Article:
Dr Tony Behrman, consultant at Medical Protection, looks at a concerning development involving clinical negligence claims in the public sector
Traditionally, and subject to the terms of the Treasury Regulations (of the Public Finance Management Act of 1999), the state has taken responsibility for claims in negligence by state patients against state employees. Understandably, given the burden of claims against the state, the state is looking at ways to lessen this burden. One of the more worrying steps taken for state employed healthcare professionals was the issuing of Personal Circular 43 of 2019 by Gauteng Health regarding the state pursuing employees for contributions in cases where the state loses in a clinical negligence case.
State patients, like those in private practice, are entitled to compensation should they be damaged due to negligent acts or omissions by state employees. State employees are covered in terms of the Treasury Regulations where the state is obliged to indemnify state employees for matters arising from acts or omissions occurring during the course of their duty whilst working for the state. The Treasury Regulations hold the state responsible for compensating claimants and not recovering compensation from the state official as long as the official has not forfeited the state cover.
So, for the state to be able to claw back payment from an employee, the employee has to be liable in law and have forfeited their state cover. To forfeit state cover the employee either needs to be intentionally exceeding his or her powers, making use of alcohol or drugs, acting outside the course and scope of his or her employment, acting recklessly, intentionally or unlawfully, failing to comply with or ignore a standing instruction, or making an admission that is detrimental to the state. We believe that unless the employee acts in transgression of one of these caveats then the state cannot claw back money from the employee.
The circular underlines the benefits of protection for state employed doctors, as it would be extremely expensive for a state employee to argue against such an onslaught. If the caveats leading to forfeiting cover have not been breached, members would be entitled to request Medical Protection assistance in seeking to rebut any inappropriate attempts by the state to recoup their expenditure.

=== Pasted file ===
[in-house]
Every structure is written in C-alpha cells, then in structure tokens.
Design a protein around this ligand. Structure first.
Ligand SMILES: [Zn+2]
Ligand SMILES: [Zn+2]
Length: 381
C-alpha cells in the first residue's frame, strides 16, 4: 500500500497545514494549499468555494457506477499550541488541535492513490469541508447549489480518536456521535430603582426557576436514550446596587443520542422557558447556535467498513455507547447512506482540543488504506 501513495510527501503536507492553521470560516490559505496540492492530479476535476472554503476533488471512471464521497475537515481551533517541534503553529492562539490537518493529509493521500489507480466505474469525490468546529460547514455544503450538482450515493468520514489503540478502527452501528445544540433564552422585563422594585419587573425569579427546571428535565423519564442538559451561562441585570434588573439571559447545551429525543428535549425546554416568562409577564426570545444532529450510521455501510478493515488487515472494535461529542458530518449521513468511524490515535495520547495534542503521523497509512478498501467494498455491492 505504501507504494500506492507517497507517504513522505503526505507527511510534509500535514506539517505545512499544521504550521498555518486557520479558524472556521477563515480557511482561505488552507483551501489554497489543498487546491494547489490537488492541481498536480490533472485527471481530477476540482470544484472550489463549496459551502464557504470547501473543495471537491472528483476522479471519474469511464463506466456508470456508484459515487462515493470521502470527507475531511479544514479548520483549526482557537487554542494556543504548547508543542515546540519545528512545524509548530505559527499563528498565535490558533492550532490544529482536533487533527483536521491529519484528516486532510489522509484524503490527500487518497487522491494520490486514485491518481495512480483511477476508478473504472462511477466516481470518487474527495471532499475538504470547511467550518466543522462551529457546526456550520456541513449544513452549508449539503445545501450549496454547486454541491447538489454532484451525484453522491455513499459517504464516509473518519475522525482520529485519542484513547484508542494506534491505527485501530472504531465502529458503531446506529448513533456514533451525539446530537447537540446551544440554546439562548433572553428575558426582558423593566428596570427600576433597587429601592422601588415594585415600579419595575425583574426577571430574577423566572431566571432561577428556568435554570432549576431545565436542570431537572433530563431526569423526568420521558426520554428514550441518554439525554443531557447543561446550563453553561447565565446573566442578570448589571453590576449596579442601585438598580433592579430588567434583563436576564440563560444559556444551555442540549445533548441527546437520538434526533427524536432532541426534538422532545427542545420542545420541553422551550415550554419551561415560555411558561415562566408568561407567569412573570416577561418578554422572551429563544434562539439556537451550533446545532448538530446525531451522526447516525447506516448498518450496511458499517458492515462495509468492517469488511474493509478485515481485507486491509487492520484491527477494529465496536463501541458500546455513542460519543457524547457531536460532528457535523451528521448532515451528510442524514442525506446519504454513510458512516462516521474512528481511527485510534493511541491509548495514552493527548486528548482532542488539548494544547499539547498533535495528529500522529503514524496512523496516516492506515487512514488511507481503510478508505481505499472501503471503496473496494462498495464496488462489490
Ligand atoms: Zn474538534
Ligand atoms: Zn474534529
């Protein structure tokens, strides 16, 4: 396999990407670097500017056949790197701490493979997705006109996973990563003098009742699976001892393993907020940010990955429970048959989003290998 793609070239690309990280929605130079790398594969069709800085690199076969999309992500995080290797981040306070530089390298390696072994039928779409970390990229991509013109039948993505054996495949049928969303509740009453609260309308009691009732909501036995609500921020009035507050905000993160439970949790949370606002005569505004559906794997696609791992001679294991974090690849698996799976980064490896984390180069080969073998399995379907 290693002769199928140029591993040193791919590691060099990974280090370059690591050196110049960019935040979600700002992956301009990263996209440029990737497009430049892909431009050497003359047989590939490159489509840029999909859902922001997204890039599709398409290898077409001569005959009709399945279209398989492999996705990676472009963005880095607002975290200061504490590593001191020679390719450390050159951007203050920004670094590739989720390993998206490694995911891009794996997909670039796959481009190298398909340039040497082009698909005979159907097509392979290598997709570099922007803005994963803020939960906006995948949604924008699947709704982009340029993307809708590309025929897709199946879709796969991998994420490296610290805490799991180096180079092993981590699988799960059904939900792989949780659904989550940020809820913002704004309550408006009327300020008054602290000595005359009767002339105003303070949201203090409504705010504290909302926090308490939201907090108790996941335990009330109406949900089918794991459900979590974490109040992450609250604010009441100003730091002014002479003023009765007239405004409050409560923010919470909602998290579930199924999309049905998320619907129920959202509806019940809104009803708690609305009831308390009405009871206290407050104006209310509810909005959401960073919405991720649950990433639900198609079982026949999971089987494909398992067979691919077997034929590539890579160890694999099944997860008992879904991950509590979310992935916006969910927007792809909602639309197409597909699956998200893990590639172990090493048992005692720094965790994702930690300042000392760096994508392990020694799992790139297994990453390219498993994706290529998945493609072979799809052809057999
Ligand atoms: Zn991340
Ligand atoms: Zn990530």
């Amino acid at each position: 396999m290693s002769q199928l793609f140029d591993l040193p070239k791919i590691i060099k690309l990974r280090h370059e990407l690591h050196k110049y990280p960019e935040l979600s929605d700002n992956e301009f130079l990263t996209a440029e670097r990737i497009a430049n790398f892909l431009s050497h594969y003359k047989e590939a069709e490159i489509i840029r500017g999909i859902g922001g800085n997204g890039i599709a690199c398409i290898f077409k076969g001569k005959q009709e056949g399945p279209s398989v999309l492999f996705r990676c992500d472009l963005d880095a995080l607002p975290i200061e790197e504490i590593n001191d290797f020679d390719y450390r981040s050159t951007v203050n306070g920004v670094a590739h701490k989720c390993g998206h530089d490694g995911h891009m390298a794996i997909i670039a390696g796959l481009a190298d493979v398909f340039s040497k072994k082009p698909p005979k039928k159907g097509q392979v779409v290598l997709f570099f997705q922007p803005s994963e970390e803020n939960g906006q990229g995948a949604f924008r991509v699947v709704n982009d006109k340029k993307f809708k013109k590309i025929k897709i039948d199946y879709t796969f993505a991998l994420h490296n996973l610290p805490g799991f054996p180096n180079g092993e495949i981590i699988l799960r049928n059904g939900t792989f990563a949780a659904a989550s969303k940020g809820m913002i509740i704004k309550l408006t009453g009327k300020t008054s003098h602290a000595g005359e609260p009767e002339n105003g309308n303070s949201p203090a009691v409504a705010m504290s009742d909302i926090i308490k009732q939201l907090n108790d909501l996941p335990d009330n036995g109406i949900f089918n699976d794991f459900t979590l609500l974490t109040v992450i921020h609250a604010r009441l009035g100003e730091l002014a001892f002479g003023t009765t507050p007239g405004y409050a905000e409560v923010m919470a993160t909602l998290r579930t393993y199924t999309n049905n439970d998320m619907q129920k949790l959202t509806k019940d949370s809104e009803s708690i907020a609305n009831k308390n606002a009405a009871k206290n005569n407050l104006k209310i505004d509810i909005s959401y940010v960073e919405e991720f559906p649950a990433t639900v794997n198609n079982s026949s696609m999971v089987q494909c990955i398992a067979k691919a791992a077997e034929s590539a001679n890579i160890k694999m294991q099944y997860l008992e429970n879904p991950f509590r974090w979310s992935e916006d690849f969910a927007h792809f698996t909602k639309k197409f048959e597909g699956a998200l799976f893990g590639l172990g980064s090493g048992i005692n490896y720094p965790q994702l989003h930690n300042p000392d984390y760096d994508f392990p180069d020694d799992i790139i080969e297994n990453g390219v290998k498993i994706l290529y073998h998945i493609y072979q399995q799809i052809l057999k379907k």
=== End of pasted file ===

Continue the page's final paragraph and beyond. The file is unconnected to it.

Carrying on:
So, with the exception of the caveats above, the state is responsible for defending and making any relevant payments with respect to claims in negligence; in legal parlance the state is vicariously liable for the acts or omissions, with the exception of the caveats, of its employees. Hopefully none of the caveats would apply to a doctor employed by the state.
As the state indemnifies their employees, Medical Protection subscriptions for state doctors are considerably lower than those of their colleagues in private practice. There do, however, remain other important reasons for state employees to be Medical Protection members as we can offer wide ranging non-claims assistance including:
- The significant risk of cases or complaints lodged against you at the HPCSA. These can be extremely traumatic, drag on for long periods of time and can very quickly become ruinously expensive – which is something that most state doctors don’t begin to realise. The average time between receiving that dreaded letter from the HPCSA and conclusion of the case can be anything between two and four years of your life.
- Criminal proceedings arising from work done during your clinical practice (as evidenced by the case in which a respected colleague is currently serving a prison sentence for culpable homicide). It is highly unlikely that the state will defend their employees under such circumstances.
- Disciplinary procedures launched by your state employers related to their clinical performance treatment and behaviour. State doctors who are members of Medical Protection are eligible to request assistance as well as representation at hearings in such instances.
- We are all aware of the need to offer Good Samaritan acts at an accident scene, however the state does not assist should your intervention go awry, and you are reported to the HPCSA or receive a complaint or claim. State doctors who are Medical Protection members may also request assistance in both claims and complaints resulting from Good Samaritan acts, worldwide.
- Should a state doctor who is a member of Medical Protection become involved in and have to attend an inquest, they may request assistance in their preparation and representation, as the state does not offer this. Additionally, the primary responsibility of the state attorney is to defend the state while a Medical Protection appointed lawyer’s is that of the member.
- State doctors holding Medical Protection membership are also entitled to request assistance and advice on the handling of unwanted media attention.
State doctors who are Medical Protection members also enjoy:
- All the benefits of the Medical Protection Risk Prevention Services workshops, online learning and webinars
- Access to free medicolegal advice, as well as a 24hr emergency advice line
- A confidential 24/7 counselling service.
Medical Protection remains at the forefront of assisting both state and private doctors, dentists and allied healthcare professionals, and will keep you all informed of changes to the Treasury Regulations should they occur.